Farm Mechanization and its Behavioral Effects on Displaced Rice Workers of Region III
Emelita C. Kempis
Emelita C. Kempis, Vice- President, Research Extension and Training, Pampanga State Agricultural University, Philippines.
Manuscript received on November 15, 2019. | Revised Manuscript received on November 23, 2019. | Manuscript published on November 30, 2019. | PP: 866-872 | Volume-8 Issue-4, November 2019. | Retrieval Number: D7460118419/2019©BEIESP | DOI: 10.35940/ijrte.D7460.118419
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© The Authors. Blue Eyes Intelligence Engineering and Sciences Publication (BEIESP). This is an open access article under the CC-BY-NC-ND license (http://creativecommons.org/licenses/by-nc-nd/4.0/)
Abstract: With the current development in technology, agriculture has rapidly changed and accepting change and technology is key to mechanical progress. The use of technology has improved efficiency in producing, processing and distributing agricultural produce. Farmers are now gradually shifting to new and modern farming system. Historically, advances in farm mechanization have been made where a strong demand for labor in other industries has withdrawn workers from the land and forced wage rates up. Increasing use of farm machines requires less and less of human power, while, it is expected that mechanized farming leads to more productivity, the reversed is true to displaced farm workers. This research focused on discovering the impact of farm mechanization in the marketing of rice in Central Luzon, Philippines and its behavioural effects on rice workers who were displaced as a result of the use of farm machines.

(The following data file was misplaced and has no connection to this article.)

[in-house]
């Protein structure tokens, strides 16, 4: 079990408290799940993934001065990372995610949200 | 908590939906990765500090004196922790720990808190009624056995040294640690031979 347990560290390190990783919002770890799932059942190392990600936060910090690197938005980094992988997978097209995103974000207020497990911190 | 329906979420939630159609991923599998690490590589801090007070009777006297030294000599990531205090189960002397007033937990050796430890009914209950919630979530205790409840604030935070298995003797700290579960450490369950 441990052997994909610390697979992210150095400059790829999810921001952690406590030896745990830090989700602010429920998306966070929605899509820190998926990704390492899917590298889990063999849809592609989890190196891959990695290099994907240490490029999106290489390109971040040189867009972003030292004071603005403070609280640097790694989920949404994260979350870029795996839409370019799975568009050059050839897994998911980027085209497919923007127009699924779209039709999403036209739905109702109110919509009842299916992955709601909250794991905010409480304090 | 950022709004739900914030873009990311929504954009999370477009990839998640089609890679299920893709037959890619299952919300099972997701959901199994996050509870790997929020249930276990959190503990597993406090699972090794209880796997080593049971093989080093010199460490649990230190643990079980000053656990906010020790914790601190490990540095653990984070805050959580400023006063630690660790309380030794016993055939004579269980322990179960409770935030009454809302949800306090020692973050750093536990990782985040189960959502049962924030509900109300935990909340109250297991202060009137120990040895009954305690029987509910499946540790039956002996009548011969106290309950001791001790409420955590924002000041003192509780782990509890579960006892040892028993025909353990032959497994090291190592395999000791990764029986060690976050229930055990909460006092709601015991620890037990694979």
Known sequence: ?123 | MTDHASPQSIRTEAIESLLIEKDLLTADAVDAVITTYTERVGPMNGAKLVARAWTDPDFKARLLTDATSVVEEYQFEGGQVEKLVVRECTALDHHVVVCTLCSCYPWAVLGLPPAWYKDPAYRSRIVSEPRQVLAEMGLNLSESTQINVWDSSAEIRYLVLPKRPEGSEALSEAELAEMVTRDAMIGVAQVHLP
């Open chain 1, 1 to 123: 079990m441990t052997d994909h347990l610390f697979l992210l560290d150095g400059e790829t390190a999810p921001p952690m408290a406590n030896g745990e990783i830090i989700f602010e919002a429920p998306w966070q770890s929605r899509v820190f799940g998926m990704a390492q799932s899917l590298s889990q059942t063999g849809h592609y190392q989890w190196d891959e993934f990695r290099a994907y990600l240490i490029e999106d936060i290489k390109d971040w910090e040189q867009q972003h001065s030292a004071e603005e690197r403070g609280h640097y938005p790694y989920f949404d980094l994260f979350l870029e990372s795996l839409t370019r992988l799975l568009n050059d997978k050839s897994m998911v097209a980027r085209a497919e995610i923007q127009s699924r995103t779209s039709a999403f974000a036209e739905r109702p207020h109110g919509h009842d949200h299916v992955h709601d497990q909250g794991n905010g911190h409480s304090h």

Keywords: Farm Mechanization, Behavioural Effects, Modern Farming System
Scope of the Article: Expert Systems.